# Homework Help: Tension on a Tyrolean Traverse

1. Sep 5, 2014

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1. The problem statement, all variables and given/known data

Christian is making a Tyrolean traverse as shown in the figure. That is, he traverses a chasm by stringing a rope between a tree on one side of the chasm and a tree on the opposite side, 25m away. The rope must sag sufficiently so it won't break. Assume the rope can provide a tension force of up to 30kN before breaking, and use a "safety factor" of 10 (that is, the rope should only be required to undergo a tension force of 3.0kN ) at the center of the Tyrolean traverse.

Determine the distance x that the rope must sag if it is to be within its recommended safety range and Christian's mass is 75.0kg

2. Relevant equations

$$\vec{F}=m\vec{a}$$

3. The attempt at a solution

Assuming $\theta=$ the angle between one hypotenuse of one half of the rope and $x$, I know that
$$T_y=mg\rightarrow 75.0kg\cdot 9.8\frac{m}{s^2}=735N$$
Now, I assume (although I don't know if this correct) that the tension $\vec{T}$ of one side of the rope will equal half that of the entire rope so that $$\|\vec{T}\|\leq\frac{1}{2}\cdot 3000N\Rightarrow 1500N$$ assuming $3000N$ is the maximum amount of tension we will allow on rope.
$$arcos(\frac{735N} {.5\cdot3000N})\approx 60.66^{\circ}$$
If the length opposite of $\theta$ is half the total distance between the trees $(\frac{25m}{2m})$, we have
$$tan(\theta)=\frac{25m}{2m\cdot x}\Rightarrow x=\frac{25}{2tan(60.66^{\circ})}\approx {7.02m}$$

The system that generated this practice problem says that this is not the correct answer. Where did I go wrong?

Last edited: Sep 5, 2014
2. Sep 5, 2014

### SteamKing

Staff Emeritus
It's always essential to draw a free body diagram of the problem.

What you should have done is figure out the vertical tension component in each rope which is required to support Christian over the chasm. Then, knowing the vertical component and the maximum allowable tension in the rope, you can find the angle of the sag, and hence the sag in the rope.

Remember, the maximum allowable tension in each rope is 3000 N, not 1500 N.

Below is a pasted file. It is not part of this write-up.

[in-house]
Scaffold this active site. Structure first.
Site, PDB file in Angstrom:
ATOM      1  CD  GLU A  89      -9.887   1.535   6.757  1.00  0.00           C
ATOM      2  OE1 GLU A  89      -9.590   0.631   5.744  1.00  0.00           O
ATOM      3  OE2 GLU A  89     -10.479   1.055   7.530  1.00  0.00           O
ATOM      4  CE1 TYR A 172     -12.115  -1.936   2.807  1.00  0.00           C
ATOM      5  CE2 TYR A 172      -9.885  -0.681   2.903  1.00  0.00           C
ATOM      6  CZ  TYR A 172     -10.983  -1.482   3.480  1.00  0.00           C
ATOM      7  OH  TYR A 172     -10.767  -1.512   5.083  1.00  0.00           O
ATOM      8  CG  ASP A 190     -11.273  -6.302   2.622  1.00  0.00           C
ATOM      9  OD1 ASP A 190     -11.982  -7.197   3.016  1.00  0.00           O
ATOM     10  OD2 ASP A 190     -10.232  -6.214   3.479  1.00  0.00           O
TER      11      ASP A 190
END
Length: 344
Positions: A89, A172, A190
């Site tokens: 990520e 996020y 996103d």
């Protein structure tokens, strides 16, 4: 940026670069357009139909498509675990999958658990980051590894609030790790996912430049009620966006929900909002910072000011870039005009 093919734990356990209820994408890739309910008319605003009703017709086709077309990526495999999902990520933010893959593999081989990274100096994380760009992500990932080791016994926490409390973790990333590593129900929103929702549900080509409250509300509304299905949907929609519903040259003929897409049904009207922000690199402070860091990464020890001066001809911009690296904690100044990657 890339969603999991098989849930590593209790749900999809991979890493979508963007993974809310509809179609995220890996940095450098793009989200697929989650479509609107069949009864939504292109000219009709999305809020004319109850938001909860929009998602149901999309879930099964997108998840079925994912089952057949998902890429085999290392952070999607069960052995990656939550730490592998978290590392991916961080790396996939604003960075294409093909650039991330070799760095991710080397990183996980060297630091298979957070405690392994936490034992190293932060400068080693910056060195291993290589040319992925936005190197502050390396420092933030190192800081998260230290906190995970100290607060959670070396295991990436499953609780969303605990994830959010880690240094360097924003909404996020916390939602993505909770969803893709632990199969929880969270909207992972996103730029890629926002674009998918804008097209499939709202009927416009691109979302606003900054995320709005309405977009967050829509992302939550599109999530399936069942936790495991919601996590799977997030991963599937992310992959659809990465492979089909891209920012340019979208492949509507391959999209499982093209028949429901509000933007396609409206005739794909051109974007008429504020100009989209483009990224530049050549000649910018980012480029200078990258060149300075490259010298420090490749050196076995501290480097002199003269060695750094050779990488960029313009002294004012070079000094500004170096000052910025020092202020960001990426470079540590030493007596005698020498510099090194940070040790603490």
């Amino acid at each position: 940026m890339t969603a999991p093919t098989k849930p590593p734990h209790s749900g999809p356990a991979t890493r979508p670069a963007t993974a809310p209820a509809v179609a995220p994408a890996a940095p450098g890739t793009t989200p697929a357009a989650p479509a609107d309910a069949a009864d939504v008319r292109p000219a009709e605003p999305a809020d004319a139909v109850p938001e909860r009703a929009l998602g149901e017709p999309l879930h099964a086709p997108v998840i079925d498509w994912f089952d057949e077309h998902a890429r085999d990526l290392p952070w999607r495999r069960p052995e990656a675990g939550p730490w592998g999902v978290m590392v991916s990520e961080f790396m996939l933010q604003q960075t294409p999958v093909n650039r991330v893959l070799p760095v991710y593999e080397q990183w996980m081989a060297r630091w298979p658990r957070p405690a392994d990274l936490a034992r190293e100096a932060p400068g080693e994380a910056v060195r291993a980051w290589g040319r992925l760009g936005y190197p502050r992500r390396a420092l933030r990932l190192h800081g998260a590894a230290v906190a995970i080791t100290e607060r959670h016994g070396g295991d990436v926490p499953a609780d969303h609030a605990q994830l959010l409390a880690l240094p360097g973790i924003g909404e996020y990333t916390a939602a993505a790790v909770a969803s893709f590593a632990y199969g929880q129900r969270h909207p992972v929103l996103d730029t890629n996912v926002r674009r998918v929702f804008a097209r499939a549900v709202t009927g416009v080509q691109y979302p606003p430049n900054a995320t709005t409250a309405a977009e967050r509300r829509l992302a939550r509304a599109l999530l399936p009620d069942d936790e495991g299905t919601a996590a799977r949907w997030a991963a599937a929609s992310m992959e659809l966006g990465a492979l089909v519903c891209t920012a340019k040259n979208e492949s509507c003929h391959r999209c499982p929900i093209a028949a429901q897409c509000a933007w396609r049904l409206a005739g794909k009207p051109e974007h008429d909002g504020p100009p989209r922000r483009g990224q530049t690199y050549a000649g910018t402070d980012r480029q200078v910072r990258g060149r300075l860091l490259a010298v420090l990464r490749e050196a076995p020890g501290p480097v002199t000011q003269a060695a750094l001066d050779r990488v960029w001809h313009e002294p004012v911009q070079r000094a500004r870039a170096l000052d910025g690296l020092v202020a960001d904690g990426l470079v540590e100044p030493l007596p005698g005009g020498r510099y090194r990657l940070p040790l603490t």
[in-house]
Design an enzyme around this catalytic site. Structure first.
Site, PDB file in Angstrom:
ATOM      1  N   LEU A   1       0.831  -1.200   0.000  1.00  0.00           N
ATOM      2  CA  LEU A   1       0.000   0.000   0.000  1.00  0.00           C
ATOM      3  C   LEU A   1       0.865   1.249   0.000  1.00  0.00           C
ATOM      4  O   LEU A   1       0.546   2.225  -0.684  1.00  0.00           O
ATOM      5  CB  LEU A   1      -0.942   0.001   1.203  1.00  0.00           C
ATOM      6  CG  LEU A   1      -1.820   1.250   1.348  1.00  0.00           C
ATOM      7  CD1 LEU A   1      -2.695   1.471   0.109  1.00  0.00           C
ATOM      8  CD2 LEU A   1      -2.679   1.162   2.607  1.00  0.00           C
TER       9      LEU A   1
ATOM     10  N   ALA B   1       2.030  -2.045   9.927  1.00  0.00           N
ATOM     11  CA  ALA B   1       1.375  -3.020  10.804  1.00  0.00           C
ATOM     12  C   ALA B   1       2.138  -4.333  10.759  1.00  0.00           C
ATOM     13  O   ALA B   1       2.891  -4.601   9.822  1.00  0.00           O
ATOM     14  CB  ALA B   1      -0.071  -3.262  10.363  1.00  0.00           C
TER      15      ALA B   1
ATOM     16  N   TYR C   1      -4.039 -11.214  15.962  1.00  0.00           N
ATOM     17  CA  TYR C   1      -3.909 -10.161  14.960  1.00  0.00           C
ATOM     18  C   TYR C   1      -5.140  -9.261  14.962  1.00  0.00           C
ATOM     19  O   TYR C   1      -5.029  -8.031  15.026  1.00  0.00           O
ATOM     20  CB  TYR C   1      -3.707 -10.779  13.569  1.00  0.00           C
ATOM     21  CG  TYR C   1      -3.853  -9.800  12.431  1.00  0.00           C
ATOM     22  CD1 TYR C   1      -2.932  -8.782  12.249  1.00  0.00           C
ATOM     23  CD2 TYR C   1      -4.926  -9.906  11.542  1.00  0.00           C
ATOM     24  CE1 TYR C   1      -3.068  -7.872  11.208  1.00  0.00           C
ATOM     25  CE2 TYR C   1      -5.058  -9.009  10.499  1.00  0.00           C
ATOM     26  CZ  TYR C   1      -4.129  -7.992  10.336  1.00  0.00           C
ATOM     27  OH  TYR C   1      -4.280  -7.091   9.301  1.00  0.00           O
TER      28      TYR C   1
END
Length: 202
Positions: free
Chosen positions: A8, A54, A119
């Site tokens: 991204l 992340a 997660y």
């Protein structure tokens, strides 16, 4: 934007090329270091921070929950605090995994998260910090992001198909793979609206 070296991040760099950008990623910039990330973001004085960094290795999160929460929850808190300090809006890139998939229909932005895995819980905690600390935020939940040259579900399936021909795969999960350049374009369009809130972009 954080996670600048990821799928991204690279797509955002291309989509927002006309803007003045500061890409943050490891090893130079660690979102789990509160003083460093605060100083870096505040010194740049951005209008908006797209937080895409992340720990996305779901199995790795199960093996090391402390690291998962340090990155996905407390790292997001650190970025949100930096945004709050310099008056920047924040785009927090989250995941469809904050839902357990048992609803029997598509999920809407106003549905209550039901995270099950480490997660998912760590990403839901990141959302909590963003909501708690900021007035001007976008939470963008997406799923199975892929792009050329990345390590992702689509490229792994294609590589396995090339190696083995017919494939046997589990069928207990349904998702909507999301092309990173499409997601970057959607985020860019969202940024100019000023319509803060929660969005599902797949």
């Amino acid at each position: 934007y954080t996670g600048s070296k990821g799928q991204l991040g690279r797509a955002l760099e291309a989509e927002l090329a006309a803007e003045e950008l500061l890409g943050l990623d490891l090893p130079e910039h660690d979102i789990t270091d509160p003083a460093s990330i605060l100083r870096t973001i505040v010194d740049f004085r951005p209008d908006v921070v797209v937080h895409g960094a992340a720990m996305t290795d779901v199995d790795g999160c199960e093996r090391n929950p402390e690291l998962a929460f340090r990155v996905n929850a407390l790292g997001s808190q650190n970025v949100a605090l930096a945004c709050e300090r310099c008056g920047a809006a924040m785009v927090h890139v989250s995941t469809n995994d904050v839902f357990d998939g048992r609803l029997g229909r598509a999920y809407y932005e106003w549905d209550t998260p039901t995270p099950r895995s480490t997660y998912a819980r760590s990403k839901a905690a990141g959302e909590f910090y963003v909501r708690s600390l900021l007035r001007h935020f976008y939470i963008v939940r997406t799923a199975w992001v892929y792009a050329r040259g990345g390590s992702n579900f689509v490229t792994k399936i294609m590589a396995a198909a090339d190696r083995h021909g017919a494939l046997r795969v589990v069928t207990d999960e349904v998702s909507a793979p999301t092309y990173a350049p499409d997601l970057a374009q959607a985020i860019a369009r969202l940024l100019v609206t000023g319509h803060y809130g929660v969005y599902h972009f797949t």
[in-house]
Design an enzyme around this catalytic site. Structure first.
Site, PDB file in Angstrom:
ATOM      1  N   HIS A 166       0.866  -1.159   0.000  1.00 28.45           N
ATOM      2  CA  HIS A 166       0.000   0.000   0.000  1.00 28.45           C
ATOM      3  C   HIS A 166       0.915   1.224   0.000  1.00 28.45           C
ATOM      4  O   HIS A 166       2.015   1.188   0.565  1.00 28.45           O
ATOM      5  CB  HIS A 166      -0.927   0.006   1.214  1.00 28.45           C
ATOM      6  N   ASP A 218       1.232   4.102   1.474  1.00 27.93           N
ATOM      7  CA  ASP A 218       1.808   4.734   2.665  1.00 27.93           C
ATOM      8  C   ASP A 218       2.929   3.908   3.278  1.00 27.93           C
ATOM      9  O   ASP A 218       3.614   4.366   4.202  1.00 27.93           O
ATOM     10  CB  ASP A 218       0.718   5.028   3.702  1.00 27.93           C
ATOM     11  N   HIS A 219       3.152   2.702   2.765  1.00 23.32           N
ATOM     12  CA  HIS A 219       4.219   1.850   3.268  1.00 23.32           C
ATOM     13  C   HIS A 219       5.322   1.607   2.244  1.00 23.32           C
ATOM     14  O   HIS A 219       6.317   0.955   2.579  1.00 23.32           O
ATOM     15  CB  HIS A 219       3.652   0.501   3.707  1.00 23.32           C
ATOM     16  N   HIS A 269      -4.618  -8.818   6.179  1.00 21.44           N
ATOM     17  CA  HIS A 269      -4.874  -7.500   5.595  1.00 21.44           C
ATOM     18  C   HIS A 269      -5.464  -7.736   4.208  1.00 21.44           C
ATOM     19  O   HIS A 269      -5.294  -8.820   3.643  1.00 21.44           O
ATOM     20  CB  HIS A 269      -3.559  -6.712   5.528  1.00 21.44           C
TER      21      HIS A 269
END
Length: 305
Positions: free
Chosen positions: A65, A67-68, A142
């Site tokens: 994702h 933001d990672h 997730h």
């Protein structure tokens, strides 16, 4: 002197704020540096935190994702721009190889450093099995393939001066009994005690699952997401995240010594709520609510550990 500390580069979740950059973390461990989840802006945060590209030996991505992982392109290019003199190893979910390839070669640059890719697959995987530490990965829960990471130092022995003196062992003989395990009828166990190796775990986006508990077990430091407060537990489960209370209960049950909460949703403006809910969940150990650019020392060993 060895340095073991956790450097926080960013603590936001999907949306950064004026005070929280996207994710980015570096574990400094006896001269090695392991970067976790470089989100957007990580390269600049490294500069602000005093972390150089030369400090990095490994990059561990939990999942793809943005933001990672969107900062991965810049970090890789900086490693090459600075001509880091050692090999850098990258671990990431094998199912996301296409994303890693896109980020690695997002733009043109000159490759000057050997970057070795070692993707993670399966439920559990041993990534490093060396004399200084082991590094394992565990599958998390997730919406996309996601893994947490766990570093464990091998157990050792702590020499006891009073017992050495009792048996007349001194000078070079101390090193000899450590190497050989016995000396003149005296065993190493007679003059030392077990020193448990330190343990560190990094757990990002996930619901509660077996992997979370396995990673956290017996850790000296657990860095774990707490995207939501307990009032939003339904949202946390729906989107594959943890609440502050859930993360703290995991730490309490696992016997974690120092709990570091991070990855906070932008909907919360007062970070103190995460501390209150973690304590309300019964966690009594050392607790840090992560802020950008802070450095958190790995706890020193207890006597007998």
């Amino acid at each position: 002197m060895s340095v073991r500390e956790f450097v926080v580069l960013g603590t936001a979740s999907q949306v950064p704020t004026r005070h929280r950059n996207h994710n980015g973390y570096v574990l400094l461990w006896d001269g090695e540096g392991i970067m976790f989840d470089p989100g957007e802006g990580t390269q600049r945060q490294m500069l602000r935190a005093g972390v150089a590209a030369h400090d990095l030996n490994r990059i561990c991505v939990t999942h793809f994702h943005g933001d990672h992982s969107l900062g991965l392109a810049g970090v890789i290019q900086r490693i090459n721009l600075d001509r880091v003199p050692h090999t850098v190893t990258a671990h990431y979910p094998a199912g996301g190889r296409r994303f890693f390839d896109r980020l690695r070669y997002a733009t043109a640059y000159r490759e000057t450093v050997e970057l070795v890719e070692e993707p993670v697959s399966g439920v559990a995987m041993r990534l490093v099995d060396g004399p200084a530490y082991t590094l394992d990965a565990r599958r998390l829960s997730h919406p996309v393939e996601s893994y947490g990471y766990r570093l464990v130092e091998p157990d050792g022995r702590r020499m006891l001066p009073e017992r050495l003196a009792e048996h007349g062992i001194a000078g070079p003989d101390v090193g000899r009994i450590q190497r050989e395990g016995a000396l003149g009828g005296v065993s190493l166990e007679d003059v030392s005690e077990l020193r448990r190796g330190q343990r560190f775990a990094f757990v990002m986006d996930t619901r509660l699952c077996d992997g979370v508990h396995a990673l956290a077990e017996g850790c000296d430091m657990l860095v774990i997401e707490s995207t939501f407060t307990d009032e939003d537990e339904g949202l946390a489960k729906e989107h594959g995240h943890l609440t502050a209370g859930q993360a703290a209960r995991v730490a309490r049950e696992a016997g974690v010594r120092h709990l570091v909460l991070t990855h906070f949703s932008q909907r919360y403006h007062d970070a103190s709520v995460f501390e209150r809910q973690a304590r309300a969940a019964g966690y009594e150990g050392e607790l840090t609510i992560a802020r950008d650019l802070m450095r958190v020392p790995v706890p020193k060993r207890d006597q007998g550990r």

3. Sep 5, 2014

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Thanks for the feedback, SteamKing.

Looking back over my work, I believe I found the vertical component in the rope as

$$T_y=mg\rightarrow 75.0kg\cdot 9.8\frac{m}{s^2}=735N$$

Is this incorrect?

If not, knowing that the total tension $\|\vec{T}\|$ must be

$$\|\vec{T}\|\leq3000N$$

for one side of the rope, I can substitute $3000~N$ for the $1500~N$ I mistakenly had:

$$arcos(\frac{735N} {3000N})\approx 75.82^{\circ}\Rightarrow tan(\theta)=\frac{25m}{2m\cdot x}\Rightarrow x=\frac{25}{2\cdot tan(75.82^{\circ})}\approx {3.2m}$$

This doesn't appear to be the correct answer either.

4. Sep 5, 2014

### SteamKing

Staff Emeritus
Still trying to wing it without drawing the free body diagram, I see.

The vertical force due to gravity is OK, but remember, there are two parts of rope supporting Herr Christian as he crosses the Chasm. How is that accounted for in your calculations?

You're just writing down numbers without trying to understand what's going on. This is a bad approach for analyzing a simple problem; trying to work a more complex problem this way will leave you even more frustrated.

5. Sep 5, 2014

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I think I see where you're going. Should the vertical component of one side of the rope be halved because the total weight $T_y=735N$ is being split/shared between the two sides of the rope?

If so, I get the following:

$$arcos(\frac{367.5N} {3000N})\approx 82.96^{\circ}$$
$$\Rightarrow \frac{25}{2\cdot tan(82.96^{\circ})}\approx 1.54~\mathrm{m}$$

Two questions regarding this problem:

1.In problems similar to this, is it useful to think of each side of the rope as an individual rope?

2.Why is it that we do not split the tension between the ropes? (i.e., when looking at one side of the total rope, we assume that $\|\vec{T}\|\leq3000~\mathrm{N}$ rather than $1500~\mathrm{N}$?

As for the free body diagrams, I assumed it was less common for members to post pictures of their work, but I'll remember to do so next time if that's the case.

6. Sep 5, 2014

### SteamKing

Staff Emeritus
That's why you draw the FBD; to help you identify all of the forces acting to keep the given situation static and in equilibrium.

In effect, you are splitting the tension, as a FBD would have shown you. At the point where the knabe was suspended, a FBD would have shown that there is tension in both parts of the rope leading from the boy to the trees on each side of the chasm. If there is tension in only one of the ropes, you will have an unbalanced situation, where the boy cannot possibly remain static.

The wrinkle here is, you were initially told the rope could withstand a certain maximum tension, after modification due to safety factors, of 3000 N. The problem wants to know by how much the rope can sag while holding Christian over the chasm and not exceed this maximum tension. Thus, the tension in both parts of the line is established. If this sag in the rope is less than what you calculated, then statics tells us that the rope tension of 3000 N will be exceeded in order to hold the boy over the chasm, and the possibility increases of the rope breaking and sending the boy plunging into the abyss.

In problems like these, symmetry often is useful in telling us that in static situations, we are dealing with forces which are equal on both sides of the axis of symmetry; in effect, symmetry reduces the amount of calculation required.

Whether or not you post your FBD, it is still essential to prepare one in order to help you analyze and solve the problem.